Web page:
A comparative analysis of LGBT politics in the Philippines and The Netherlands.
Living in Manila this summer I tried to connect with a LGBT serving church I found in Quezon City. I was hoping to do some volunteer work with them and help them out wherever they needed it the most. I expected that the LGBT scene in Manila was painfully non-existent. I had difficulty finding their organizations on Facebook and Google and had a hard time meeting up with any of the LGBT people in Manila itself. Reasoning from my Dutch perspective, I believed that the LGBT people were increasingly invisible and discriminated against outside of the ‘enlightened’ Western-European world. This reasoning is part of the self-complimentary image the West has of itself, the critique on this condescending attitude is called Homo-Nationalism. Homo-nationalism entails, that acceptance of homosexuality and queerness is given as proof of far developed and enlightened attitude towards society. Those that do not accept homosexuals are condemned as backwards, especially Islamic societies. The selection process of groups that are assumed to be condemning have racist, islamophobic, and xenophobic undertones.
What I found in Manila is something completely different from what I expected. The LGBT scene was very alive:, transgender people have prominent places on television, feminine expressing gay men where visible on the street, and a lot of movies are queer themed, such as the movie Zombadings (2011) (Gay Zombies). Also, Quezon City, the part of Metro Manilla I lived in, had several neighborhoods with queer beauty parlors and queer clubs. The LBGT scene is so far developed that it even developed its own language, a mixture of Tagalog and English, which differs as much as Friesian differs from Dutch. Besides, the gay-culture is very rich. For example, numerous pageantries are held throughout the year, with beautiful costumes, dances, attracting large crowds. Basically, the LGBT scene was huge, while I expected it to be non-existent.
I was able to find a LGBT serving church in Quezon City (QC) almost around the corner from where I stayed with Julliete. The church service started in the afternoon, in a small yellow room on the second floor, on Aventura Avenue, one of the main roads in QC. The Church, called Metropolitan Community Church Quezon City, was a warm, friendly space where an inclusive gospel was preached to a group of 30 people. I immediately felt comfortable enough to ask for a volunteer position, which they surprisingly had. A Rainbow Camp was coming up, which was a weekend retreat for gay and transgender men of ages ranging from 18 till 30 years old. The weekend served as a way to create a network in the LGBT world in which information could be channeled about HIV-AIDS prevention, gender expression, human rights, pedophilia, and church inclusivity. The Rainbow Camp has focused on including members of many different clans, so that the Campers will be able to influence many people in the LGBT scene as possible. These clans are the structure of LGBT life in Manila. These are text message based groups that range from serving for social contact, education, and or for sexual contact, in so called liberated clans. The information I will present below commenting on the painful issues found in the LGBT world, is all based on what I learned during that specific weekend.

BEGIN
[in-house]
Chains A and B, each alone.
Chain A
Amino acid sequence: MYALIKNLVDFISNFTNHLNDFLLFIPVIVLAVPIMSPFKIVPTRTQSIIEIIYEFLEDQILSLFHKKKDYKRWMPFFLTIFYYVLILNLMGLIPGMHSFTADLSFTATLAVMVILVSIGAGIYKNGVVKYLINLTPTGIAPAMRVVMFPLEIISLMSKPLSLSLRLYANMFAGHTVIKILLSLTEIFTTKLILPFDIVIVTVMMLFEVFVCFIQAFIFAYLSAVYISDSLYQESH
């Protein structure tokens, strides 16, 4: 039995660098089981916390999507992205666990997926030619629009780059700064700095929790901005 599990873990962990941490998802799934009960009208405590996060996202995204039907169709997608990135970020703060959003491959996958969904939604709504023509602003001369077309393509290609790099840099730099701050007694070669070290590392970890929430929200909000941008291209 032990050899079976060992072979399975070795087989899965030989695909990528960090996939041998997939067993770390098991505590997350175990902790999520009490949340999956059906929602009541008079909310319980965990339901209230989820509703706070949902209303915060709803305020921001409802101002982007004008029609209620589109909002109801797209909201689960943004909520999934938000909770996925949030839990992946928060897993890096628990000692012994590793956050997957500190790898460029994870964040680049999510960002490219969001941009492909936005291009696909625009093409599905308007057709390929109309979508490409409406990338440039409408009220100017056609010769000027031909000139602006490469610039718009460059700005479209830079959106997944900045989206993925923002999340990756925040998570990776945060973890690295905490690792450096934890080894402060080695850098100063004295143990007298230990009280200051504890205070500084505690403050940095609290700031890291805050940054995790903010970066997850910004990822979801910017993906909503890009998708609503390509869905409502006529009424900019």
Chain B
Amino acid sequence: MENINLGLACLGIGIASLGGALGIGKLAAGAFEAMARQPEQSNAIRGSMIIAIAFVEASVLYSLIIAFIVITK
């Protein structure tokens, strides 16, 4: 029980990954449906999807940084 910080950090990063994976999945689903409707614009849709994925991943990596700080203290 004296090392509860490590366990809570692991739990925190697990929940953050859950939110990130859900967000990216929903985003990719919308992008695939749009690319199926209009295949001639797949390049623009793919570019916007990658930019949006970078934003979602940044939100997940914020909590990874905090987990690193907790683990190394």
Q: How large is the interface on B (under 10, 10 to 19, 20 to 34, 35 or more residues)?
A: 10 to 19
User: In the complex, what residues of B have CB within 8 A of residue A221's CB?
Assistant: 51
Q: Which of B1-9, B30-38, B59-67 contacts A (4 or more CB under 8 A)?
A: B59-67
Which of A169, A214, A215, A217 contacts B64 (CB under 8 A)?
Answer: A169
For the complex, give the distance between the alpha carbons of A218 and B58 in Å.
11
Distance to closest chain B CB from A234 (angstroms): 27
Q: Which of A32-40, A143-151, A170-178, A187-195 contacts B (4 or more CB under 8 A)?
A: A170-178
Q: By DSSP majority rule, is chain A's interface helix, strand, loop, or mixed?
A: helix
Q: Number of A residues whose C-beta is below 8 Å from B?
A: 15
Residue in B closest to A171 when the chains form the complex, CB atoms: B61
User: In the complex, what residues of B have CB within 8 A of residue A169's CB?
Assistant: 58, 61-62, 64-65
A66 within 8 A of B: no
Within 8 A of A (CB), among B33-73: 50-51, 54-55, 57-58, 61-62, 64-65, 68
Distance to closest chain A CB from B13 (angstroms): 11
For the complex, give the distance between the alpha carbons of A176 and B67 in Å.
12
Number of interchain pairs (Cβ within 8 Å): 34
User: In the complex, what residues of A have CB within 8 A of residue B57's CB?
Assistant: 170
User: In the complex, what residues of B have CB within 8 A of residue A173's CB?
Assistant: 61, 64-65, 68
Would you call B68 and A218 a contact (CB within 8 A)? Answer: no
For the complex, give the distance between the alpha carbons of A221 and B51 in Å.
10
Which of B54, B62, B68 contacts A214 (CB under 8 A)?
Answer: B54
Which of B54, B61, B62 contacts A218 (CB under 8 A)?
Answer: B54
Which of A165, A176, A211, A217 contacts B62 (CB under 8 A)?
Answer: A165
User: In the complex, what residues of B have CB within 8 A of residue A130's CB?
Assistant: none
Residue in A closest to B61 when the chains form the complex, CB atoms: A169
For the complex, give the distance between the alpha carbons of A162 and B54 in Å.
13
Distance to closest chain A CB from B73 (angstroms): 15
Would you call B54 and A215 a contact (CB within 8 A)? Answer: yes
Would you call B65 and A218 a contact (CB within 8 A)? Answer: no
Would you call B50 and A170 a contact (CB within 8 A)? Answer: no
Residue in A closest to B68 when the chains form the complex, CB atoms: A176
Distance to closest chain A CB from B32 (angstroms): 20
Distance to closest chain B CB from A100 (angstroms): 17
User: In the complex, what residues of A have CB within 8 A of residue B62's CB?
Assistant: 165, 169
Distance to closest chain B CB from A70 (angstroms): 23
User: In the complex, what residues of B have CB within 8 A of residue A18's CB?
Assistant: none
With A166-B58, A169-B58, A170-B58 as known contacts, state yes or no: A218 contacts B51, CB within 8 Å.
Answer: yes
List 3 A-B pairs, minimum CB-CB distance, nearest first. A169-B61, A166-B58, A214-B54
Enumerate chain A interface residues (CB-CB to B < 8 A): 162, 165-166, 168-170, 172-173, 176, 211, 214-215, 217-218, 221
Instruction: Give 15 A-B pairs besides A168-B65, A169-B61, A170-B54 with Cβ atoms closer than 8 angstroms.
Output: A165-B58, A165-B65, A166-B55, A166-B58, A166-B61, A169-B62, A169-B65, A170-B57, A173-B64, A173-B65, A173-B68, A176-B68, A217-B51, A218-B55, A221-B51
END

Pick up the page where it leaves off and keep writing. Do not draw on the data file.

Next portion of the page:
The higher visibility rate of this particular scene did, however, not result in a problem free LGBT scene. Several forms of discrimination were found, and an overt focus on sexual contacts made it difficult for some man to navigate the scene and have long lasting relationships. One of the prominent problems I found is rooted in the unequal appreciation of masculinity and femininity. In the Philippines gay men either express themselves as feminine or masculine, which is expressed through clothing, attitude, and preferred sexual roles. Gay men who are so masculine that they appear straight are called discreet men. These men are deemed the most attractive and thus acquire more prestigious roles in clans. Transgender women, drag queens and feminine gay men are found on the other spectrum. These men and transgender women are deemed far less attractive, and are less respected. Transgender women oftentimes take up the role of clowns or entertainers.